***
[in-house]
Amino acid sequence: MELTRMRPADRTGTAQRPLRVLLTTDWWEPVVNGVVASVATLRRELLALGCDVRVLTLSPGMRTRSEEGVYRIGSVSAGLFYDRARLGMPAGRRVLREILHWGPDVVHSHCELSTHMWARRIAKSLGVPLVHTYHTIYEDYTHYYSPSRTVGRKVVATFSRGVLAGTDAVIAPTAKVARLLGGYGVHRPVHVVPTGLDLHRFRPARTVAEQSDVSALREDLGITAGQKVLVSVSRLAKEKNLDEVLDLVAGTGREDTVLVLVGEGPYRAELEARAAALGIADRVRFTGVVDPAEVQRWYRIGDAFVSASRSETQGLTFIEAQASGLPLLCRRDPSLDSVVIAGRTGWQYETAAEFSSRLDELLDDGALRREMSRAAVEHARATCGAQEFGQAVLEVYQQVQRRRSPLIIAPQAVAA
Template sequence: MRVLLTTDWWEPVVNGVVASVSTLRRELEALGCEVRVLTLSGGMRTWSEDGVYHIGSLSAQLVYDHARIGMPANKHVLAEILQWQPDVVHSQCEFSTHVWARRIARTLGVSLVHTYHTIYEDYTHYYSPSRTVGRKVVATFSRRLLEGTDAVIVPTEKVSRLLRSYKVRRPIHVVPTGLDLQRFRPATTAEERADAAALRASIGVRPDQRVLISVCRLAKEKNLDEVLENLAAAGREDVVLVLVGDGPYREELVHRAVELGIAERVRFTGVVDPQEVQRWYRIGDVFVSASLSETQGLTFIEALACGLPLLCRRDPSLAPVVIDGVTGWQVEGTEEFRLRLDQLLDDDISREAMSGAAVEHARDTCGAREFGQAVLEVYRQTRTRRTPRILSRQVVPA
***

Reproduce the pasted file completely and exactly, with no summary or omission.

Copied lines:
[in-house]
Amino acid sequence: MELTRMRPADRTGTAQRPLRVLLTTDWWEPVVNGVVASVATLRRELLALGCDVRVLTLSPGMRTRSEEGVYRIGSVSAGLFYDRARLGMPAGRRVLREILHWGPDVVHSHCELSTHMWARRIAKSLGVPLVHTYHTIYEDYTHYYSPSRTVGRKVVATFSRGVLAGTDAVIAPTAKVARLLGGYGVHRPVHVVPTGLDLHRFRPARTVAEQSDVSALREDLGITAGQKVLVSVSRLAKEKNLDEVLDLVAGTGREDTVLVLVGEGPYRAELEARAAALGIADRVRFTGVVDPAEVQRWYRIGDAFVSASRSETQGLTFIEAQASGLPLLCRRDPSLDSVVIAGRTGWQYETAAEFSSRLDELLDDGALRREMSRAAVEHARATCGAQEFGQAVLEVYQQVQRRRSPLIIAPQAVAA
Template sequence: MRVLLTTDWWEPVVNGVVASVSTLRRELEALGCEVRVLTLSGGMRTWSEDGVYHIGSLSAQLVYDHARIGMPANKHVLAEILQWQPDVVHSQCEFSTHVWARRIARTLGVSLVHTYHTIYEDYTHYYSPSRTVGRKVVATFSRRLLEGTDAVIVPTEKVSRLLRSYKVRRPIHVVPTGLDLQRFRPATTAEERADAAALRASIGVRPDQRVLISVCRLAKEKNLDEVLENLAAAGREDVVLVLVGDGPYREELVHRAVELGIAERVRFTGVVDPQEVQRWYRIGDVFVSASLSETQGLTFIEALACGLPLLCRRDPSLAPVVIDGVTGWQVEGTEEFRLRLDQLLDDDISREAMSGAAVEHARDTCGAREFGQAVLEVYRQTRTRRTPRILSRQVVPA